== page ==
Start up the M40i and you’re met with a little roar from the engine and a single pop from the exhaust. It’s more of a gentle reminder of the car’s sportiness rather than a shout for attention. As before, there are several driving modes to choose from on the centre console, which you can tailor further within the infotainment system. 

Starting off in Eco Pro mode, it’s obviously designed to maximise the Z4’s efficiency and when we took the car on a long motorway cruise it returned an impressive 40.1mpg against BMW’s claimed 34.9mpg on a combined cycle. Once you get a bit more familiar with the throttle on your favourite roads you’ll see that figure drop into the low 30s. 

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In Comfort mode the adaptive suspension with electronically controlled dampers (now standard on every Z4) goes to its softest setting. This is where the Z4 driving experience surprises the most because it's wonderful on long journeys. The M Sport seats (again, standard on every Z4) are bespoke to BMW’s roadster and are superb – offering just the right amount of support when needed. 

It’s also perfectly acceptable to have the roof down on long stretches of dual carriageway and motorway without feeling like your head is going to be blown off. There’s very little buffeting and anyone that’s driven a convertible in the changeable British summertime will appreciate the 10-second closing time that can be done at low speeds. Despite reverting back to a fabric top with the third iteration of Z4, there’s not much exterior noise filtering through to the cabin with the roof up.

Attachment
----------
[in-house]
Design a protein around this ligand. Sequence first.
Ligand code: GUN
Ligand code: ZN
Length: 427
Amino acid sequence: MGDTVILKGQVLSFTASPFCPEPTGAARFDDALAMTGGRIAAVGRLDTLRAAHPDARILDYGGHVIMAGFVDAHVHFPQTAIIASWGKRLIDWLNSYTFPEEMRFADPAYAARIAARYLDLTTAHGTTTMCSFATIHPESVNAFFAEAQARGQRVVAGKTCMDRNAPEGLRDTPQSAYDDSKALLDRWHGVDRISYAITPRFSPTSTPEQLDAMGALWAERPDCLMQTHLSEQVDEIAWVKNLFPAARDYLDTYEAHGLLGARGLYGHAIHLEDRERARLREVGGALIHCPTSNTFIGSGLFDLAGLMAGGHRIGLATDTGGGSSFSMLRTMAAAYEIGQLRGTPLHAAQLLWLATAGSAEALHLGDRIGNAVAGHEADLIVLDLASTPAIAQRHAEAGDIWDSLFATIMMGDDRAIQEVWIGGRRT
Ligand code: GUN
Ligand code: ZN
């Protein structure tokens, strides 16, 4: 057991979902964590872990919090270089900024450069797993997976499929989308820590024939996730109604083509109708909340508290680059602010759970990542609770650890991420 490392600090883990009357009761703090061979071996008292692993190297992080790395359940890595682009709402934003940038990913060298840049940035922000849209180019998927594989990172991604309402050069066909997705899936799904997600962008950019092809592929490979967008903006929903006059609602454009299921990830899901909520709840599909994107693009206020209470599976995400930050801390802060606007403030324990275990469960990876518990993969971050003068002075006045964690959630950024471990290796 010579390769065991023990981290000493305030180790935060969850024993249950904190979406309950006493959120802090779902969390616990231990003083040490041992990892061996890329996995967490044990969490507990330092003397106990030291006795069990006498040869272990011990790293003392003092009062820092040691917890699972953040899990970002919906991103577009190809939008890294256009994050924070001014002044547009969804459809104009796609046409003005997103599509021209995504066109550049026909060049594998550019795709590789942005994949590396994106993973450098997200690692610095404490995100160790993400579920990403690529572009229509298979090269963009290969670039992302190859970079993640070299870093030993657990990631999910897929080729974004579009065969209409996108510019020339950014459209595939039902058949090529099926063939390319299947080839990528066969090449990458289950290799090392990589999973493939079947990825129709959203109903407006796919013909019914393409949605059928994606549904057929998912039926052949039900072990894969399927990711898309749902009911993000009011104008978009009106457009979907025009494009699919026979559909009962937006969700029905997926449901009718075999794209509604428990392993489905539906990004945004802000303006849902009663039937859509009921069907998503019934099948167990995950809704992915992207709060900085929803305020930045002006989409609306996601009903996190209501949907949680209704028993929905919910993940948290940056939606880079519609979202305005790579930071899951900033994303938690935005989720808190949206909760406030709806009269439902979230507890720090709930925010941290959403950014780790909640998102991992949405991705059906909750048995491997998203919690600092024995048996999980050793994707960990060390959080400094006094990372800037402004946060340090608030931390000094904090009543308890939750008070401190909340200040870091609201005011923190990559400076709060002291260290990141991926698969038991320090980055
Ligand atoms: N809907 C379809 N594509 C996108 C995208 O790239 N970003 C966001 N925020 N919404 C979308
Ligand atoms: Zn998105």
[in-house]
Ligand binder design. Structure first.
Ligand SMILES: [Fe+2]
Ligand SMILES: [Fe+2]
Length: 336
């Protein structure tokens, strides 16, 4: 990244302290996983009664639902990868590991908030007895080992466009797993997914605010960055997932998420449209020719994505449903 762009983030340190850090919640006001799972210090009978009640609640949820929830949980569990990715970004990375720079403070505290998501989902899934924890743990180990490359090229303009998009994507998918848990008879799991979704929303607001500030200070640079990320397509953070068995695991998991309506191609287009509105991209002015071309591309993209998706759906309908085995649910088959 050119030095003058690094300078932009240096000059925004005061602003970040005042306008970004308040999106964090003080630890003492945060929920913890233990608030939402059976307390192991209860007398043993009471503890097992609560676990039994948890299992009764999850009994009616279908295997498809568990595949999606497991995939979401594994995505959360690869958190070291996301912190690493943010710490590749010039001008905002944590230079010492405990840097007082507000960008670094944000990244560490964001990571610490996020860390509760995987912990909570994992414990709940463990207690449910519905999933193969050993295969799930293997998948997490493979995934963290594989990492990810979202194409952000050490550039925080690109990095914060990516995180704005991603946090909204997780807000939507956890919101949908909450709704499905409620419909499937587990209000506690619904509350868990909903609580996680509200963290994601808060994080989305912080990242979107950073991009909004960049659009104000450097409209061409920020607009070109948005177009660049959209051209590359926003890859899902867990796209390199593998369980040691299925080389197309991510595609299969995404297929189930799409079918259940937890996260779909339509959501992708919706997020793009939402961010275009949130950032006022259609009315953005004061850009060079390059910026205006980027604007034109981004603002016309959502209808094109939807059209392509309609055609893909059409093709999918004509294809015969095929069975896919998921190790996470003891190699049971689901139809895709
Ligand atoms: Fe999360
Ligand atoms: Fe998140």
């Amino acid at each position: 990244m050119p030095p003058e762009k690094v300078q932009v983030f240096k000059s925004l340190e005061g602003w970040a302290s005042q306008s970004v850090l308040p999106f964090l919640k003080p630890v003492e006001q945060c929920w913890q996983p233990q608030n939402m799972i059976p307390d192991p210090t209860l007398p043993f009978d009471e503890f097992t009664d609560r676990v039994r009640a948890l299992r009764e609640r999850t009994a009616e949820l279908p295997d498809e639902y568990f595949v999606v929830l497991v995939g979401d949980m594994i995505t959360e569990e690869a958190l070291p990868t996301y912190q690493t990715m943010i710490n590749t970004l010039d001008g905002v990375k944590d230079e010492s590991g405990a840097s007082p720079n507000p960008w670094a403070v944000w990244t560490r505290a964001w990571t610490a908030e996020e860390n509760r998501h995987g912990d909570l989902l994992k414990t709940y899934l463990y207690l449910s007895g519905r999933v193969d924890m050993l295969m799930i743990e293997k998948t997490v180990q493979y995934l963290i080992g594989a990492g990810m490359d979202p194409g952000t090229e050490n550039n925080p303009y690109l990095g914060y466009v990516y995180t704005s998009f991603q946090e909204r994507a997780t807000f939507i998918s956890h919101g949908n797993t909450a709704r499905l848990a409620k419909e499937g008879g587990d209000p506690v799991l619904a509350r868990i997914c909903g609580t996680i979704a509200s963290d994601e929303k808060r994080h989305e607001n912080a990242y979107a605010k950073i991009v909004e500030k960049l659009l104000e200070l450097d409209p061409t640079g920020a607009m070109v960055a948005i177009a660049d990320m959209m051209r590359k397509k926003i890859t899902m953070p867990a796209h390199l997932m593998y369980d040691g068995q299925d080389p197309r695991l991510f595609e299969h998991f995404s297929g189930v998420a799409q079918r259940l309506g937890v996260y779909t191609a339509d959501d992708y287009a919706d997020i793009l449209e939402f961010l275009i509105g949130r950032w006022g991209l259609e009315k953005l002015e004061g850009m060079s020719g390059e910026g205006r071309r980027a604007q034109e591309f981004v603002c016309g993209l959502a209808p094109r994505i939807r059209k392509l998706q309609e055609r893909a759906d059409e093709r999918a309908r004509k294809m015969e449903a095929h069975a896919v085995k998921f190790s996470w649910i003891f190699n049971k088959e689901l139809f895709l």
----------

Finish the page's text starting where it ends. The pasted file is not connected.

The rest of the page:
Switch the Z4 to its most dynamic configuration and you’ll find ‘Sport’ for the damping and ‘Sport Plus’ for the engine and transmission. This will also change the driver’s display to red, featuring the counter-clockwise tachometer – it’s a slightly odd at first but as with other BMWs you get used to it quickly. 

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No arguments can be made about the amount of power the twin-turbocharged 3.0-litre straight-six delivers. Even though US buyers get 382bhp from their M40is, we don’t feel short-changed by the 335bhp on offer here. 500Nm of torque certainly helps give it a more muscular feel and that power can be accessed right across the rev range.